I have a Mixed-Integer Linear Programming question.

There's this game called Islanders. Pretty graphics, it's about maximizing your score building a small city in a confined island.

enter image description here

Here's a quick rundown of the rules:

  1. There are various building types
  2. Every building type has a different size
  3. Every building type has a different range (explained later)
  4. Every building may give a non-zero base score when placed
  5. Every building may have give a positive, zero or negative score based on what buildings are within its range when placed
  6. Buildings already placed are not affected by newer buildings (their score contribution is not updated)

I thought it would be a fun exercise to formulate these rules into an MILP and see what comes out of it.

I have written the attached Python 3 program, using the PuLP library (link). I have used the default solver (CBC), provided with the installation of PuLP.

There are currently 4 building types encoded, with their base score declared at line 61, the 4x4 cross-score matrix at line 64 and their dimension and range in lines 72 and 75.

In line 82 there is currently stated that there is 1 building of the first type and 3 buildings of the 2nd type to be placed optimally (N=5)

There are several decision variables:

  1. px and py are each building coordinates
  2. t is the build order (integer)
  3. placed_before is a NxN array saying if building i is to be placed before building j (binary)
  4. east_of, north_of have similar logic (binary)
  5. covers states whether building j is in range of building i (binary)
  6. x_overlaps and y_overlaps check whether two buildings are built on top of each other, which is restricted (binary)
  7. gives_score is a NxN array saying if building i contributes to the score of building j (is whthin range is is placed before it, binary)

The constraints are as follows:

  1. Lines 140-147 state the building order constraints, which form variable t
  2. 149-161 decide if buildings are east-west and north-east, used for later
  3. 163-183 establish whether buildings overlaps each other, in the east-west (x) direction and the north-south (y) direction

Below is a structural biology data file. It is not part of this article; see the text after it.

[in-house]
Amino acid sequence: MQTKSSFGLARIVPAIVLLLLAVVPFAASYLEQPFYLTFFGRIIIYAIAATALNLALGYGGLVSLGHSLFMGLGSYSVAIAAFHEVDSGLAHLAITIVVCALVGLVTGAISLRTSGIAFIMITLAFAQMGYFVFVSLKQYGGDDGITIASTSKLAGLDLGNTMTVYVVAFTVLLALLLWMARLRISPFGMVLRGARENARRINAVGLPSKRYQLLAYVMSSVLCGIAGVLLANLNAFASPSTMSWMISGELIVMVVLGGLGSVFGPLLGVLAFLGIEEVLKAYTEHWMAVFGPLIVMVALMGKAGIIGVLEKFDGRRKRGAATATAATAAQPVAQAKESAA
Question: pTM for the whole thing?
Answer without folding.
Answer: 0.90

4. 185-219 establish if building i covers building j, filling in the covers variable
  5. 222-237 enforces the separation of two buildings, if they overlap in both x and y directions
  6. 239-250 finds out if a building i contributes to the score of building j

Currently, the cost function under optimization is gives_score, to maximize the number of buildings which give score to another.

The issue:

  • Currently with 1 of the first building and 4 of the second, the optimization does not finish in reasonable time. 380 constraints are generated.
  • If instead you go for 3 of the second building type, the problem becomes tractable again, finishing in approx. 10s. 228 constraints are generated.
  • Also, if you disable the constraints of lines 222-237, the optimization manages to run, but the buildings overlap.

Any suggestions on the problem formulation or explanations on why this is such a hard problem?

Thank you in advance.

Bonus: Here is an example optimal result for 1 of type-1 building and 3 of type-2: Example optimal result

  • $\begingroup$ Hi does it take a long time to generate the constraints or in the solve step? $\endgroup$ – Stuart Mitchell May 5 at 22:15
  • $\begingroup$ It doesn't take a long time to generate constraints. For the solvable case of 4 buildings, 228 constraints are generated. With the non-terminating case, there are 380 constraints. I use the default solver provided by PuLP, the CBC solver: github.com/coin-or/Cbc $\endgroup$ – George ZP May 6 at 13:07
  • $\begingroup$ Interesting you could try installing an updated version of cbc, or trying to solve it with gurobi. $\endgroup$ – Stuart Mitchell May 7 at 21:22

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